ITC Special Seminar - Jim Lattimer (Stonybrook)


Monday, February 6, 2017, 1:30pm to 2:30pm



Taking the Measure of Neutron Stars


Neutron stars are laboratories for understanding physics under extreme
conditions, including the nature of the nucleon-nucleon interaction
and the equation of state of dense matter and the location of the
quark-hadron transition.  One of the most important discoveries of the
last few years has been the discovery of neutron stars in the vicinity
of 2 solar masses. Coupled with the assumptions that general
relativity and causality are valid, the near-certainty that neutron
stars have crusts, nuclear structure measurements, and recent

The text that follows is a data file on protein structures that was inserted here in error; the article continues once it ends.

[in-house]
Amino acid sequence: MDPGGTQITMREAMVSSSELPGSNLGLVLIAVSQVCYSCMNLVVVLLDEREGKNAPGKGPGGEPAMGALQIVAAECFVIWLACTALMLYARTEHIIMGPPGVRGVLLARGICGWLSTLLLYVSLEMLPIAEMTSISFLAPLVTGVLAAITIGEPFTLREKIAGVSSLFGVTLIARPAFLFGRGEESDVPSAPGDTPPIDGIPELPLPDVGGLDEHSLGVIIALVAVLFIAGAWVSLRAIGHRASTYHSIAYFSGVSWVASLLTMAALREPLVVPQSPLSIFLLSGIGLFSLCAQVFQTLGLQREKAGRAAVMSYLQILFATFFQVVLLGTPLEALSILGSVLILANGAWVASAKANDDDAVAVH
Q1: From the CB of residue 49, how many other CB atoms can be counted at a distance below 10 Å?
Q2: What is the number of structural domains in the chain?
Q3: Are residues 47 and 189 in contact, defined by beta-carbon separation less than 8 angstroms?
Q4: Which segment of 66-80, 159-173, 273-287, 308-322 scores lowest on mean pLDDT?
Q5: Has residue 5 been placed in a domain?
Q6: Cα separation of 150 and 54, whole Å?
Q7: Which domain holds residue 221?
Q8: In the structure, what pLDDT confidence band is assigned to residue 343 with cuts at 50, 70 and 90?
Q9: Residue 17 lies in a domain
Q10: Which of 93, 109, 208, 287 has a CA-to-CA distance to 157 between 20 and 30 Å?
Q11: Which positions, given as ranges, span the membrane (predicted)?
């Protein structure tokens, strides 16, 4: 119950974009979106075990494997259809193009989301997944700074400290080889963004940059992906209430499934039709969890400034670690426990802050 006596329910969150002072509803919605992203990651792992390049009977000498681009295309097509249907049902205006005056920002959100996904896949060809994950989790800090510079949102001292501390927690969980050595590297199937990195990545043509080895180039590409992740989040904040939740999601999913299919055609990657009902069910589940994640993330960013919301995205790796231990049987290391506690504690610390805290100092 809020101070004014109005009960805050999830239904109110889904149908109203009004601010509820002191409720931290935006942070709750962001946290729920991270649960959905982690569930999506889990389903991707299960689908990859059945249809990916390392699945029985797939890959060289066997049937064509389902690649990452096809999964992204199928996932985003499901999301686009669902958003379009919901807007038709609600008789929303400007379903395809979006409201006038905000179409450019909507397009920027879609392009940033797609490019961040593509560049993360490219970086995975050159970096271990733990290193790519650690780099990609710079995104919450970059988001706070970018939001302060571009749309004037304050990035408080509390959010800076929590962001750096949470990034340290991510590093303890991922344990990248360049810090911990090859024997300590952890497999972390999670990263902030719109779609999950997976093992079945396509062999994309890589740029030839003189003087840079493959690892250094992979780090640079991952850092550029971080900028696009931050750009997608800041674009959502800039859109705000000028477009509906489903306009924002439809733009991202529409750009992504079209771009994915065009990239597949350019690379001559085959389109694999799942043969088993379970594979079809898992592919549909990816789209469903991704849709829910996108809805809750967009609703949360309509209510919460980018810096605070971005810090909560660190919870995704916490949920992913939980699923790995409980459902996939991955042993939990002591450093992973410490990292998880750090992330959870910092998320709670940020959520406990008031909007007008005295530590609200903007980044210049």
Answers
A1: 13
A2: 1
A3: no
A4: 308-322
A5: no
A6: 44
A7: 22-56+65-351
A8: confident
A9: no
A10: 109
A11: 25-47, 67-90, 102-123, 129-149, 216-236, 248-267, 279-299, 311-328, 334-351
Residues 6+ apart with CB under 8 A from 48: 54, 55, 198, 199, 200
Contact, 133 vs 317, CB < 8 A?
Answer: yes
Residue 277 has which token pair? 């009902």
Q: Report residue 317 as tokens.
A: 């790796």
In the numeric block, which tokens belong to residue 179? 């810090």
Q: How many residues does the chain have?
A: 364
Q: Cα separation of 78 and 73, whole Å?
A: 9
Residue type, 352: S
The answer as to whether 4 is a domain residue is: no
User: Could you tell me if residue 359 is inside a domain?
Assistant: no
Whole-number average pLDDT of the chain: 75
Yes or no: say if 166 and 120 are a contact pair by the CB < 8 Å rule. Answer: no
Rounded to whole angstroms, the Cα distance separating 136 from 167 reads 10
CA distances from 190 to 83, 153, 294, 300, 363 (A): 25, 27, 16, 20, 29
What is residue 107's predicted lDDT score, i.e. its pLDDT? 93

theoretical advances in the understanding of pure neutron matter,
reasonably tight constraints on neutron star have been achieved.  This
includes significant bounds on their radii, moments of inertia,
binding energies and tidal deformabilities.  In parallel, there have
also been advances in using X-ray observations to confront these
bounds.  Additional measurements in X-rays, radio, neutrinos, and
gravitational waves are on the near horizon.